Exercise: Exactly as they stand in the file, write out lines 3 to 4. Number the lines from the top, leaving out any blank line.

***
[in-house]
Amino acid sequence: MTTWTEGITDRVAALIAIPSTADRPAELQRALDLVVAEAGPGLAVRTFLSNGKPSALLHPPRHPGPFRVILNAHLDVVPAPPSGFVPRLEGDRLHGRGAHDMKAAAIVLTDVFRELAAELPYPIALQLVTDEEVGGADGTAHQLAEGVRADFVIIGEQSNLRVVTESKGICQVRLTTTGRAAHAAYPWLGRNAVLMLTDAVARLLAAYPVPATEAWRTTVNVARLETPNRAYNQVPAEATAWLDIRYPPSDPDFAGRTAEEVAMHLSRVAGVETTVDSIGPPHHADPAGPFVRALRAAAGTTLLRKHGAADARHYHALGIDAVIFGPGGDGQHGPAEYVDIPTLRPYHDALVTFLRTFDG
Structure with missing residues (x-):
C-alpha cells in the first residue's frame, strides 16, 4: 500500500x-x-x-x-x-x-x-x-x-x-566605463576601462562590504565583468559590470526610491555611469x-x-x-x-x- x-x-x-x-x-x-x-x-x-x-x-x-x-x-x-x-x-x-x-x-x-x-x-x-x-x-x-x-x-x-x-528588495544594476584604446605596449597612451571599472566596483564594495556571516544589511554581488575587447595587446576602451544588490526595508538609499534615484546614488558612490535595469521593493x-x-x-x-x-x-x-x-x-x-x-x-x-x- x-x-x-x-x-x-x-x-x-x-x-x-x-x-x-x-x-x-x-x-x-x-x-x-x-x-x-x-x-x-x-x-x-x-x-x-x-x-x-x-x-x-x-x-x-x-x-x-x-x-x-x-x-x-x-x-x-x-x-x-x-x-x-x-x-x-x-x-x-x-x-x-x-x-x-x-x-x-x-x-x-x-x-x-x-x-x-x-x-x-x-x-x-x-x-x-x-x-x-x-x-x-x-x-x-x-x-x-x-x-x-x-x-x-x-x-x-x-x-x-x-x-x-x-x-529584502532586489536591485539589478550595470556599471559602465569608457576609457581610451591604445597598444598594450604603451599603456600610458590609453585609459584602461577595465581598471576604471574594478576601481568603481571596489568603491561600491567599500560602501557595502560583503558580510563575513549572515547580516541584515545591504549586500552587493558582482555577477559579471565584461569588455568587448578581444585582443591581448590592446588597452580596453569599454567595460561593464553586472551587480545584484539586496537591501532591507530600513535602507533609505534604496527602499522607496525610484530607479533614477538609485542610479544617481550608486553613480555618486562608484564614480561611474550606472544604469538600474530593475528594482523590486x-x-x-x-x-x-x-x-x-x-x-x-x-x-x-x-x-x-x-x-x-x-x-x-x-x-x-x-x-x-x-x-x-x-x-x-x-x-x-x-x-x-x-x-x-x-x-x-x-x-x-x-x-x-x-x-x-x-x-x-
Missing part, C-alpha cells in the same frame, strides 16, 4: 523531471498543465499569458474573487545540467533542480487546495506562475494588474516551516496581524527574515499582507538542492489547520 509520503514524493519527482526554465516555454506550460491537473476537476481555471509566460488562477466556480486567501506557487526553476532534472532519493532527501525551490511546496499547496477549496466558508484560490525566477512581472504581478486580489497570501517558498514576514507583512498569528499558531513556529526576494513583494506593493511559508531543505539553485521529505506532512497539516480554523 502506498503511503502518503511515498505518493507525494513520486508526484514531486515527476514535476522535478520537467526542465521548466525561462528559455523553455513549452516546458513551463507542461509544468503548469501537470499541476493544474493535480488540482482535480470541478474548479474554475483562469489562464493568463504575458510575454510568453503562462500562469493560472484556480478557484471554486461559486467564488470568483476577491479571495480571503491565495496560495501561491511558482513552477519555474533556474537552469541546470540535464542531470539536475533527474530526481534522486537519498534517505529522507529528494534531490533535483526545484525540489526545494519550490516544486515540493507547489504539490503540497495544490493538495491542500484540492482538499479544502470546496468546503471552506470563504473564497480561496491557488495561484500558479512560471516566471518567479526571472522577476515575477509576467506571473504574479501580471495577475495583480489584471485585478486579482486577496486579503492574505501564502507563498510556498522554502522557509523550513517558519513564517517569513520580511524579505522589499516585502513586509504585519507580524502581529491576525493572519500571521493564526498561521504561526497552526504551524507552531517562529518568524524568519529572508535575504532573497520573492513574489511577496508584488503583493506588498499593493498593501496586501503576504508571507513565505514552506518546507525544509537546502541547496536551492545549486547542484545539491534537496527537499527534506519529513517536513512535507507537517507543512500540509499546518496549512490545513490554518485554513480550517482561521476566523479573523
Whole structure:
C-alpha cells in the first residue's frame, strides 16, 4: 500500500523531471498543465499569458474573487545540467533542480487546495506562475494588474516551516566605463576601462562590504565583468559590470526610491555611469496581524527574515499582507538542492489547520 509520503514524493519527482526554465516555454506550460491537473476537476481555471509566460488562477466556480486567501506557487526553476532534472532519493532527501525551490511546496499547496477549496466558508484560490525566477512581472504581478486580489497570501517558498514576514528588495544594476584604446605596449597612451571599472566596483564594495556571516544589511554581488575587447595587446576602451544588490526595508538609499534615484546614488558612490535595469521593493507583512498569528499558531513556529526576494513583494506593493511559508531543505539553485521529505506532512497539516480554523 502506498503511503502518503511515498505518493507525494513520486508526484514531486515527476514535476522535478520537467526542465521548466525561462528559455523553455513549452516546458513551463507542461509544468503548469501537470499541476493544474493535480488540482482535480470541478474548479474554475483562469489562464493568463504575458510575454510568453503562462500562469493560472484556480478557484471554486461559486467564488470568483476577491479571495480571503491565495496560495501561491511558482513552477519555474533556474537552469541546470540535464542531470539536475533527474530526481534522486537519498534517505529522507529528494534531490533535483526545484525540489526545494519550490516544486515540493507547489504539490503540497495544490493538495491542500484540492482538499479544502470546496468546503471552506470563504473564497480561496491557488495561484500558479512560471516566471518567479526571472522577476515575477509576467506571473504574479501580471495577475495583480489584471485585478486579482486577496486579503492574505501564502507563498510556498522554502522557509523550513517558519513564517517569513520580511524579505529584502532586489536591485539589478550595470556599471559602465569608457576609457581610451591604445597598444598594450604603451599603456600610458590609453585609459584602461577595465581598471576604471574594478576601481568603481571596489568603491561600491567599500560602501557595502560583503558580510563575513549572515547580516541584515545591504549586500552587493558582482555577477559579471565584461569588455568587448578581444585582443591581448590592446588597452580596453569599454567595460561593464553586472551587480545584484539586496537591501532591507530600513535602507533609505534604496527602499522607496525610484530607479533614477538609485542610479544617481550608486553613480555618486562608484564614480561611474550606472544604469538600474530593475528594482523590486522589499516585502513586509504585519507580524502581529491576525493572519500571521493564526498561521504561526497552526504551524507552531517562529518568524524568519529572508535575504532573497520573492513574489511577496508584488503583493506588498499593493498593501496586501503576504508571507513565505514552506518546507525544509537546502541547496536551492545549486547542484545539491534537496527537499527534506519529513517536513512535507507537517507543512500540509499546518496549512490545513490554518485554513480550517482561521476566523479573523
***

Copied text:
Structure with missing residues (x-):
C-alpha cells in the first residue's frame, strides 16, 4: 500500500x-x-x-x-x-x-x-x-x-x-566605463576601462562590504565583468559590470526610491555611469x-x-x-x-x- x-x-x-x-x-x-x-x-x-x-x-x-x-x-x-x-x-x-x-x-x-x-x-x-x-x-x-x-x-x-x-528588495544594476584604446605596449597612451571599472566596483564594495556571516544589511554581488575587447595587446576602451544588490526595508538609499534615484546614488558612490535595469521593493x-x-x-x-x-x-x-x-x-x-x-x-x-x- x-x-x-x-x-x-x-x-x-x-x-x-x-x-x-x-x-x-x-x-x-x-x-x-x-x-x-x-x-x-x-x-x-x-x-x-x-x-x-x-x-x-x-x-x-x-x-x-x-x-x-x-x-x-x-x-x-x-x-x-x-x-x-x-x-x-x-x-x-x-x-x-x-x-x-x-x-x-x-x-x-x-x-x-x-x-x-x-x-x-x-x-x-x-x-x-x-x-x-x-x-x-x-x-x-x-x-x-x-x-x-x-x-x-x-x-x-x-x-x-x-x-x-x-x-529584502532586489536591485539589478550595470556599471559602465569608457576609457581610451591604445597598444598594450604603451599603456600610458590609453585609459584602461577595465581598471576604471574594478576601481568603481571596489568603491561600491567599500560602501557595502560583503558580510563575513549572515547580516541584515545591504549586500552587493558582482555577477559579471565584461569588455568587448578581444585582443591581448590592446588597452580596453569599454567595460561593464553586472551587480545584484539586496537591501532591507530600513535602507533609505534604496527602499522607496525610484530607479533614477538609485542610479544617481550608486553613480555618486562608484564614480561611474550606472544604469538600474530593475528594482523590486x-x-x-x-x-x-x-x-x-x-x-x-x-x-x-x-x-x-x-x-x-x-x-x-x-x-x-x-x-x-x-x-x-x-x-x-x-x-x-x-x-x-x-x-x-x-x-x-x-x-x-x-x-x-x-x-x-x-x-x-